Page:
By Anne A. Wilson
“In a good lord there must be first a good animal, at least to the extent of yielding the incomparable advantage of animal spirits.”1 ~ Ralph Waldo Emerson
Modern humans are not good animals.
We awake in Sleep Number® beds in air conditioned apartments to iPhone alarms and programmed coffee machines.
We chew on processed nutrition bars, swallow packets of supplements, and sip on protein shakes, while opening our car service app to schedule our pick-up and delivery to work.
We sit hunched in cubes under fluorescent lighting for the next twelve hours, eyes glued to a screen, powering through lunch with a sandwich from a vending machine, taking the occasional fifty-foot walk to the restroom or conference room.
We hit the gym on the way home, twenty minutes on the treadmill, because our exercise watch that tracks our sleep, weight, and fitness level tells us to. Even there, we cannot escape the screen. It’s affixed to the treadmill, ten inches from our face, along with multiple big-screen monitors that hang from the ceiling, ensuring we remain plugged in.
We throw our dinners into microwave ovens and plop back in front of our screens to immerse ourselves in whatever social media platforms we fancy or to stream the latest episode of The Walking Dead.
And these are the “lucky” people. The ones living in first world countries who hold jobs and make enough money to buy said vending machine lunches.
Really? Is this what it has come to? Is this progress?
Is this what it means to be human?
The “good lord” Mr. Emerson refers to is not “lord,” as in deity, but “lord,” as in a man’s title. In his essay, Mr. Emerson goes on to describe the qualities that make a good lord, but first on that list is the ability to connect with one’s inner animal.
That is, to tap into the being that sweats, grunts, breathes, moves . . . and lives.
Were Mr. Emerson alive today, I suspect he would suggest something like the following:
Close your screen, push away from your desk, leave your phone, walk past your latest make-life-easier gadget, open your front door, and step outside.
Walk around the block.
Pick up a leaf.
Soak in the sunrise.
Take in the clouds.
Close your eyes, inhale deeply, and pull in the scent of orange blossoms and damp moss.
Revel in the breeze as it tickles your cheeks and blows strands of hair across your face.
Unplug. Be outside. Be first an animal.
The creators of The Matrix understood this. I’m a huge fan of the trilogy, a story set in a dystopian world where humans are bred as batteries to power sentient machines.
In movie number two, The Matrix Reloaded, the creators deliver a powerful scene called The Zion Party. In it, free humans who live underground engage in a primal dance that captures the essence of what it is to be human—to be physical, to sweat, to yearn, to love.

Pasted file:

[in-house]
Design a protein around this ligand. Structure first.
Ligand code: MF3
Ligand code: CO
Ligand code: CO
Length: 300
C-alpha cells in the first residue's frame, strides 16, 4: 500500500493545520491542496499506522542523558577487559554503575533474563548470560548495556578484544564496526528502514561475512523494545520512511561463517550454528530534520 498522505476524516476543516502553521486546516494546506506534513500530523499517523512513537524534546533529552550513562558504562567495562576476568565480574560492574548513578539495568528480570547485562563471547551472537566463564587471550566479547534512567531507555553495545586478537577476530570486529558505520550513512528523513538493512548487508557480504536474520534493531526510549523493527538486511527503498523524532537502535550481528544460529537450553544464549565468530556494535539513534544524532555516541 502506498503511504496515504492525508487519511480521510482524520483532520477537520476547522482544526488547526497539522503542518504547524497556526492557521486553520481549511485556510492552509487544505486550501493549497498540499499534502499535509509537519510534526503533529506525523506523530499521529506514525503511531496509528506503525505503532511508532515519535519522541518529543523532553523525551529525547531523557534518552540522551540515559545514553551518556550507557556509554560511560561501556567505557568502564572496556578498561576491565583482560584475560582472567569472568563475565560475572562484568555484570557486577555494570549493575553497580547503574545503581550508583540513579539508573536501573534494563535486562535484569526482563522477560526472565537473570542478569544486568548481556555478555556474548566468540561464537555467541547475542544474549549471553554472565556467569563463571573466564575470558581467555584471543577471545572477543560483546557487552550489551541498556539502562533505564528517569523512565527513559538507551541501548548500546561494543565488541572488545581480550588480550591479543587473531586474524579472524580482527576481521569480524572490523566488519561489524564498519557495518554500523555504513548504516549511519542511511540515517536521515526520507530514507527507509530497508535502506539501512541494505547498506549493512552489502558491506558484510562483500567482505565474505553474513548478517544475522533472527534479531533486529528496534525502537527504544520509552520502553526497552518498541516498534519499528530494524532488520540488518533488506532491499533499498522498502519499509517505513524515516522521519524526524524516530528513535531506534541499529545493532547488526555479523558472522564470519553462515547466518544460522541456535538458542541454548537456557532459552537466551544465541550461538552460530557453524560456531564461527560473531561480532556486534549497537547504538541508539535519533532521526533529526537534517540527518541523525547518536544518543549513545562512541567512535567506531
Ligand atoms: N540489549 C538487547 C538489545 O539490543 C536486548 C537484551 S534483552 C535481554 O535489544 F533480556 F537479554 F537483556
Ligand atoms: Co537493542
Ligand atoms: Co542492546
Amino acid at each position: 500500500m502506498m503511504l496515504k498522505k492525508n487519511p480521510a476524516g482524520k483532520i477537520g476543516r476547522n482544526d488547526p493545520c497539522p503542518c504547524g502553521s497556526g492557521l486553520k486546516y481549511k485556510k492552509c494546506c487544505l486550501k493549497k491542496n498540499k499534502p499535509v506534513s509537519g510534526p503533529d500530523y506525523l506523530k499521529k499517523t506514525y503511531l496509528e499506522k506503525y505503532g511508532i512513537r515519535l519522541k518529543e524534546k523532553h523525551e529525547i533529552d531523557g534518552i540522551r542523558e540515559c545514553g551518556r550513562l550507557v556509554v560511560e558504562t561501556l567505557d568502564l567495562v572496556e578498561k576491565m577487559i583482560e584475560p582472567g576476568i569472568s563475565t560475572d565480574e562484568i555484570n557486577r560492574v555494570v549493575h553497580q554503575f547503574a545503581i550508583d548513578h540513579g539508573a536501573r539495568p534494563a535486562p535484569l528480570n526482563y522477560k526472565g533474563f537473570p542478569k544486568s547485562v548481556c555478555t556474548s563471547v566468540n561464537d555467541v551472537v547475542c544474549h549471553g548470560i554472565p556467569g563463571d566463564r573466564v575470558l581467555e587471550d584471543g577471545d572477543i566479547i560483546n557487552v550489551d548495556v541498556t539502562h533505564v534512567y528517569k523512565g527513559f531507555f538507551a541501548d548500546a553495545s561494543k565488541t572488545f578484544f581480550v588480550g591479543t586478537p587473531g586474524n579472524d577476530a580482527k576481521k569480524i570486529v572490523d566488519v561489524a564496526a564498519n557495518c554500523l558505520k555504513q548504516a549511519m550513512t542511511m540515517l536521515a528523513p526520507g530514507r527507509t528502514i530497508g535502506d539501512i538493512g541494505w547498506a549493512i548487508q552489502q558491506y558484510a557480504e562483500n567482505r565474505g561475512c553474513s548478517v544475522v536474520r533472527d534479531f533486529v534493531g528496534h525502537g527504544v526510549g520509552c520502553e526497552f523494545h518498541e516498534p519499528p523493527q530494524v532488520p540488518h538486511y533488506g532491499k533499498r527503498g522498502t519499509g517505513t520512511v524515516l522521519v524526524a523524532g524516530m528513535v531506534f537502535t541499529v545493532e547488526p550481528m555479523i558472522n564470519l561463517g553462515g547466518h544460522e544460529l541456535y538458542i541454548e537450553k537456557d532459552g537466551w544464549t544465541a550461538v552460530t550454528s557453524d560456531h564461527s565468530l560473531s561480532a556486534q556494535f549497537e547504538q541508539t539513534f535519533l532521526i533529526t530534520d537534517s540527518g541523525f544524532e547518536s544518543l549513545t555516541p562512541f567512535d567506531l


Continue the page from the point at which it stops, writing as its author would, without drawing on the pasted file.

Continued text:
To exert. To struggle. To strain.
To be an animal.
An imperative to be human.
And yet, our society spends the vast majority of its intellectual capacity and resources devising conveniences that strive for exactly the opposite.
“Advances” that make our lives “easier.”
That chip away at our humanness.
But this “progress” will not stop. There’s too much money to be made. And since money is the driver, greed our navigator, I sincerely doubt this will change.
But within this context, within this reality, we still have choices.
We can feed the animal.
We can give it walks. Let it play in the rain. Give it permission to stomp in that puddle. Get wet. Get muddy. Let it smile and laugh and squint in the sun.
Because at the end of our days, we won’t remember that newest version of the iPhone from twenty years earlier. But we will remember the sunrise, the tomato we plucked from the garden we tended on hands and knees, and the smile we engendered after sending a hand-written note.
Our inner animal will remember living.
1. (Ralph Waldo Emerson, The Works of Ralph Waldo Emerson, vol. 3 (Essays. Second Series)** http://oll.libertyfund.org/titles/1833#Emerson_1236_03_102 **Vol. 3 of the 12 volume Fireside edition of the works of Emerson. The second series of essays was originally published in 1844.
Anne A. Wilson is the author of Hover and Clear to Lift. She was born and raised in Phoenix, Arizona, and graduated from the United States Naval Academy with a degree in ocean engineering. She served nine years active duty as a navy helicopter pilot, including three years flying search and rescue, where she specialized in high-altitude technical mountain rescue. Following her military service, she worked for four years in the semiconductor industry. Currently, she and her husband own a triathlon coaching company, Camelback Coaching. Anne lives in Fountain Hills, AZ, with her husband and two sons. To learn more, visit www.anneawilson.com.
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